The consequences of our inaction do not discriminate by party, race, age, creed or state. This is, at its core, a bipartisan issue because it affects us all.
Legislation has the power to encourage individual responsibility in combating the climate crisis, as well. For example, though the U.S. emits less carbon overall than China, China is beating the U.S. in per capita emissions. World Bank data from 2019 showed that the average person in China emitted 7.6 tons of CO2, while the average American emitted 14.7 tons. Collectively, China is also beating the U.S. in producing renewable wind and solar energy. Fiscal policy experts Alan Krupnick and Ian Parry encourage policy makers to implement carbon taxes on the fossil fuel supply chain to reduce per capita CO2 emissions. We also need to reward and incentivize Americans with clean energy tax credits, to help stabilize the market and stimulate investment. You have the opportunity to lead us towards investing in the right policies that will benefit our economy and our environment.
The cost of not addressing today’s environmental tragedies means economic ruin, and fewer people living to see tomorrow. In order to stop the trend of rapid warming, global scientists authored a report advising we keep the average global temperature from rising beyond 1.5 degrees Celsius. In my home state of New Hampshire, the average annual temperature has already increased by 1.73 degrees Celsius since 1900, according to a study. That same study found that the average winter temperature in NH rose by 2.50 degrees Celsius in that same timeframe. This means families in places like Pittsburg, NH, the snowmobiling capital of New England, are suffering. Why? Because the winter season, an estimated $12.2 billion industry, is rapidly disappearing.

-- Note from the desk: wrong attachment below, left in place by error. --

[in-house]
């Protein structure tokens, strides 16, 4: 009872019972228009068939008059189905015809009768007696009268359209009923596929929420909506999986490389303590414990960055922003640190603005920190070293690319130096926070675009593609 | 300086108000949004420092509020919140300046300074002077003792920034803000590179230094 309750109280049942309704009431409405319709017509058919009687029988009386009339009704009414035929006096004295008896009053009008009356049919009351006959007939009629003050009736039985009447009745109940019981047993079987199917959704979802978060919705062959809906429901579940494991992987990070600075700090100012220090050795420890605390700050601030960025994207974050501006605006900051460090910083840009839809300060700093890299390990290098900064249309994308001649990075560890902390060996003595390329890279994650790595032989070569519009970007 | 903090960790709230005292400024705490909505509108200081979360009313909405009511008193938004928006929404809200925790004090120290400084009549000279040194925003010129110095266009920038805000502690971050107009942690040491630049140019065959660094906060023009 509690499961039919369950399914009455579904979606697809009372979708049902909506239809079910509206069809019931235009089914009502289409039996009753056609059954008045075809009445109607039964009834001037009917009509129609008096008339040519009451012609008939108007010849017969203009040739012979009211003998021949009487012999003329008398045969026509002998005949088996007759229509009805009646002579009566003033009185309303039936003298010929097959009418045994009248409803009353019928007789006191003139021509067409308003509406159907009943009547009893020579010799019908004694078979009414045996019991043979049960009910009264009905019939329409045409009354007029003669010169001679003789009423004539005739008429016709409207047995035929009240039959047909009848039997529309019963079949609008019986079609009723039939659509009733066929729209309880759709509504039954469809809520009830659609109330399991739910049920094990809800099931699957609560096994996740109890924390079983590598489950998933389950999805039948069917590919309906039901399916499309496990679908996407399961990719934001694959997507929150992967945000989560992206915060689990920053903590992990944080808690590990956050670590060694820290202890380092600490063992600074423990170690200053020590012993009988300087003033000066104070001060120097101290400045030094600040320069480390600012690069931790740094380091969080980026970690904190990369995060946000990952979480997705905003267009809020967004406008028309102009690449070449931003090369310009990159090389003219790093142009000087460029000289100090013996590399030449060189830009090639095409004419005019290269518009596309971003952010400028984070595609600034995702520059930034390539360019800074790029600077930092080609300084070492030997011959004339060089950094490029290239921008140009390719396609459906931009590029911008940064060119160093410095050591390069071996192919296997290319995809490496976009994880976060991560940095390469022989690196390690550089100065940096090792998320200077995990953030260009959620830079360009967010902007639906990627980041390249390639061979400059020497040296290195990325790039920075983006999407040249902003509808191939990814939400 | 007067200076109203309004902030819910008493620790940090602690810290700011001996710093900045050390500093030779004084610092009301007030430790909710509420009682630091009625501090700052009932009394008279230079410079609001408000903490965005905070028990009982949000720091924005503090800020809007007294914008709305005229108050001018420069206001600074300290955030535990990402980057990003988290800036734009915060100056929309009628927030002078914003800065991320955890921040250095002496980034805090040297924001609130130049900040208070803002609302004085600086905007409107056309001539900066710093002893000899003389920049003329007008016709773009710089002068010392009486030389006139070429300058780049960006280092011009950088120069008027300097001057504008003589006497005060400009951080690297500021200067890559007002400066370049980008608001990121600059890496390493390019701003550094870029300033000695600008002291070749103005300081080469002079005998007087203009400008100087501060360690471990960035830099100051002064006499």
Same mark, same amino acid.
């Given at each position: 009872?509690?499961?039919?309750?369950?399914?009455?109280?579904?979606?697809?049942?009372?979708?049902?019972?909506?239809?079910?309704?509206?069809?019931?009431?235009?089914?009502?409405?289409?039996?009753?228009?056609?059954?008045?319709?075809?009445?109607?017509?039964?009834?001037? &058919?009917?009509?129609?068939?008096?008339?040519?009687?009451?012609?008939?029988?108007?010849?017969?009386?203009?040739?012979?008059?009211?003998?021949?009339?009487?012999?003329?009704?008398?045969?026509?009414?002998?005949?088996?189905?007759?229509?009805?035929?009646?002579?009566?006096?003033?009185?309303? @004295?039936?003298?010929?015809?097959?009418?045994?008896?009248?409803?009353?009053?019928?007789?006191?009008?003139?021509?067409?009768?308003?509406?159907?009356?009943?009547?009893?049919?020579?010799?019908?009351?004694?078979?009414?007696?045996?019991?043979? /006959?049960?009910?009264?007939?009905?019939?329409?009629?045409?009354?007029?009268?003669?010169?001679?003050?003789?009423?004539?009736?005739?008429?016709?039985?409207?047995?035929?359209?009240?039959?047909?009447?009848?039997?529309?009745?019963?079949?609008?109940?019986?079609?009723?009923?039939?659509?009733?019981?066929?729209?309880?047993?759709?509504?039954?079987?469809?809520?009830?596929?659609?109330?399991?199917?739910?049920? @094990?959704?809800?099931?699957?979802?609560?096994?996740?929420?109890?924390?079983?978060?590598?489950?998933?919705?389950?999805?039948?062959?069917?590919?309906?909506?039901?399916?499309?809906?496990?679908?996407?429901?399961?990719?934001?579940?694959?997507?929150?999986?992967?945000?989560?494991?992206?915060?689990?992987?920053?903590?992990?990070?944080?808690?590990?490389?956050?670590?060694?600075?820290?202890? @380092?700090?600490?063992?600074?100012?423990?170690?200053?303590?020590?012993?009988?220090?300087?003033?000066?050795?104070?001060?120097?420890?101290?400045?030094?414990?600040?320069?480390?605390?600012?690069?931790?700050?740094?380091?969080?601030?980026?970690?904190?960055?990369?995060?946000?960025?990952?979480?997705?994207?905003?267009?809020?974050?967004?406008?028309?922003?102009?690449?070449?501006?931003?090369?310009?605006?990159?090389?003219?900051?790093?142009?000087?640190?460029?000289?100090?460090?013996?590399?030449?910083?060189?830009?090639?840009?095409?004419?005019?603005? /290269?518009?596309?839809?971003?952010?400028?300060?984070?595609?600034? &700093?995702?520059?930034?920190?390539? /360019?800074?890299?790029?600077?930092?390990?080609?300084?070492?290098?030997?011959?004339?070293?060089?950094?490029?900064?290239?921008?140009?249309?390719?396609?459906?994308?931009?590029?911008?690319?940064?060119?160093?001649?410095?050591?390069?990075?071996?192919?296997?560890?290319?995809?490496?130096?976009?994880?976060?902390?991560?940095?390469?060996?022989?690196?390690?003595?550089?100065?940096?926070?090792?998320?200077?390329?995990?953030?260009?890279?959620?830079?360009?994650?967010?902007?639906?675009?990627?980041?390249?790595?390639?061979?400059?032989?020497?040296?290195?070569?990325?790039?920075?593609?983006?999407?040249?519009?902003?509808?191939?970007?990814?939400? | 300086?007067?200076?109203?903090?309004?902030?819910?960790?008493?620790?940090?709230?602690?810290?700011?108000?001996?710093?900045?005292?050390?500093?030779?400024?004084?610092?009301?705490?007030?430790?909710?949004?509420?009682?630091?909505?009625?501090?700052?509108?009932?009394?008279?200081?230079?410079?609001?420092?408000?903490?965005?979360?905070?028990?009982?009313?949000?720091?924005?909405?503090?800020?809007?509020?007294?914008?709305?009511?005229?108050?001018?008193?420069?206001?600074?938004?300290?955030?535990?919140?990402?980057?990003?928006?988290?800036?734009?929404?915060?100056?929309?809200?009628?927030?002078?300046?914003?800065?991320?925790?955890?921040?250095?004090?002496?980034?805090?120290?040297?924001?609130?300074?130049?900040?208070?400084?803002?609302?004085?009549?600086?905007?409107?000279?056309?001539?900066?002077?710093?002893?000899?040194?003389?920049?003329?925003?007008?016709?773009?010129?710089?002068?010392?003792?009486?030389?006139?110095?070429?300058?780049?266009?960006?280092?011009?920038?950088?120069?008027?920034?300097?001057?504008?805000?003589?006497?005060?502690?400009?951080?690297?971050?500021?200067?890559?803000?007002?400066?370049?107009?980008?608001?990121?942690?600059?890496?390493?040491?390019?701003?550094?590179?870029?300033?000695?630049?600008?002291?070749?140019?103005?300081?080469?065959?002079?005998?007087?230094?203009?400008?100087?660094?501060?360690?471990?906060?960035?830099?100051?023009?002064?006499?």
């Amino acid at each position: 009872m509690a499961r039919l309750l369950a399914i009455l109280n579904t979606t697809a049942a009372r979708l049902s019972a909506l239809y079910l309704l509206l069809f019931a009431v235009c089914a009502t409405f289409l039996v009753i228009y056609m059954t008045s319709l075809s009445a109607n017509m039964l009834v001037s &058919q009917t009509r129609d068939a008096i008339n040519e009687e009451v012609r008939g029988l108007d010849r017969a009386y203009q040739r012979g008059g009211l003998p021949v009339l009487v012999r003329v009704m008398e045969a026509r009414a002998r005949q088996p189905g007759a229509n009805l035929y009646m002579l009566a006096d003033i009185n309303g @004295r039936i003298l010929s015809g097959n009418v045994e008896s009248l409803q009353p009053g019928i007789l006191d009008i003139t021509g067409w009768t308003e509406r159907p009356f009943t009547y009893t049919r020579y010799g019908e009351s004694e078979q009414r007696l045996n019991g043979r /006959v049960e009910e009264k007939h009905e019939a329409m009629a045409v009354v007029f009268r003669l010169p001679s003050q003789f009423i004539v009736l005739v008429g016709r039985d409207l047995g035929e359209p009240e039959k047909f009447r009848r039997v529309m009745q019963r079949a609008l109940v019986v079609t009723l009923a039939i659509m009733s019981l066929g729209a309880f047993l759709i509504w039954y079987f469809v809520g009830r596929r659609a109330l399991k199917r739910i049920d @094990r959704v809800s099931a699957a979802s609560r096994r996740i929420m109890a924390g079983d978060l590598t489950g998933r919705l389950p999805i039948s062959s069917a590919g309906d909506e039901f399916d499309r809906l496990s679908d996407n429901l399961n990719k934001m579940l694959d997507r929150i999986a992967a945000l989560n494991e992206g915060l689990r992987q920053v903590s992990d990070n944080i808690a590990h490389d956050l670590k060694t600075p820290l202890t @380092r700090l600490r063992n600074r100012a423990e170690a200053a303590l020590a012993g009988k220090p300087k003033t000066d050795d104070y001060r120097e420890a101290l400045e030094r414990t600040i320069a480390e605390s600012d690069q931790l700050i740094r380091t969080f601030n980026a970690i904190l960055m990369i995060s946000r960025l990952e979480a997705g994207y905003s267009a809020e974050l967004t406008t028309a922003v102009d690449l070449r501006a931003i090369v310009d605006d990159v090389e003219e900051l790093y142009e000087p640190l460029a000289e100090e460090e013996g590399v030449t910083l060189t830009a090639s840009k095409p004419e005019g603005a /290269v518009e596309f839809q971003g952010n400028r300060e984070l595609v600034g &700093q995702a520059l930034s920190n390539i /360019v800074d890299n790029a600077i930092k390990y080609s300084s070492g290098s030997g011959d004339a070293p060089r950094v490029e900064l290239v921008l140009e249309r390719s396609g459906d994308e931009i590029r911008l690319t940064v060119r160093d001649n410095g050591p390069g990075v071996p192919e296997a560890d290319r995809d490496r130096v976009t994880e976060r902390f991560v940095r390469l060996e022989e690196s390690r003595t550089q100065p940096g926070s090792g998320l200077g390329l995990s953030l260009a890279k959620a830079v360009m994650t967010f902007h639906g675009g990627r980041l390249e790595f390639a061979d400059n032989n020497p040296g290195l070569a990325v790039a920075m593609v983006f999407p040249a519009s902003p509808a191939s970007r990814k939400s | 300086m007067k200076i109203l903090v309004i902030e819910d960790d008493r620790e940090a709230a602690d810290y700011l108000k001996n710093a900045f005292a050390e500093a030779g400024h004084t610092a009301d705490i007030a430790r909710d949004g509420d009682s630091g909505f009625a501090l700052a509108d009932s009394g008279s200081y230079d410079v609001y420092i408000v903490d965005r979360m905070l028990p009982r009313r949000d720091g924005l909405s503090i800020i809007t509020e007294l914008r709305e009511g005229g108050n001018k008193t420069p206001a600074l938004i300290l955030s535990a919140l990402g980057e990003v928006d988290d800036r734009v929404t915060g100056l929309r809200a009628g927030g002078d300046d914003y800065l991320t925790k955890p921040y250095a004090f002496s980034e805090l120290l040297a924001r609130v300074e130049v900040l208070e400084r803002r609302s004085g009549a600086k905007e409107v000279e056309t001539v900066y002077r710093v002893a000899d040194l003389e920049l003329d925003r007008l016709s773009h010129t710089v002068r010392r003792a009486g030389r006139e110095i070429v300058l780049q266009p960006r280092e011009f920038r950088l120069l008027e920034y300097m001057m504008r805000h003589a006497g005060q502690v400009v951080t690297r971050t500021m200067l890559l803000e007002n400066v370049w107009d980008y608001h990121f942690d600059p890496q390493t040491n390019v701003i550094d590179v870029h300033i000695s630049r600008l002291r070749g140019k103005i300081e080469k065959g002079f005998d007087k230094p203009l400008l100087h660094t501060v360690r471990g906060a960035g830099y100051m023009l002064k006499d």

Your leadership must affirm the urgency of this crisis. You’ll find proof of this urgency right in your home state. As a son of Bakersfield, California, you’re not too far removed from devastating winter storms, flooding and mudslides that have left at least 17 people dead already this year. On January 9, about 2 hours from your hometown, floodwaters swept 5-year-old Kyle Doan from his mother’s arms. The search for Kyle still continues. He, and the rest of the country, needs your help. In your “Commitment to America,” we need a plan from you, and other elected officials, for a new direction, and a new opportunity to beat the climate crisis. The consequences of our inaction do not discriminate by party, race, age, creed or state. This is, at its core, a bipartisan issue because it affects us all.
One Kyle Doan story is one too many. The future of your state and our nation cannot be cut short by our current carelessness. I ask you, Mister Speaker, to be a leader in planting trees to shade generations to come, by acting now in support of the policies I’ve outlined. It’s been said that the best time to plant a tree is 20 years ago. The next best time is today. I hope you choose to lead us today.
Photo via Getty Images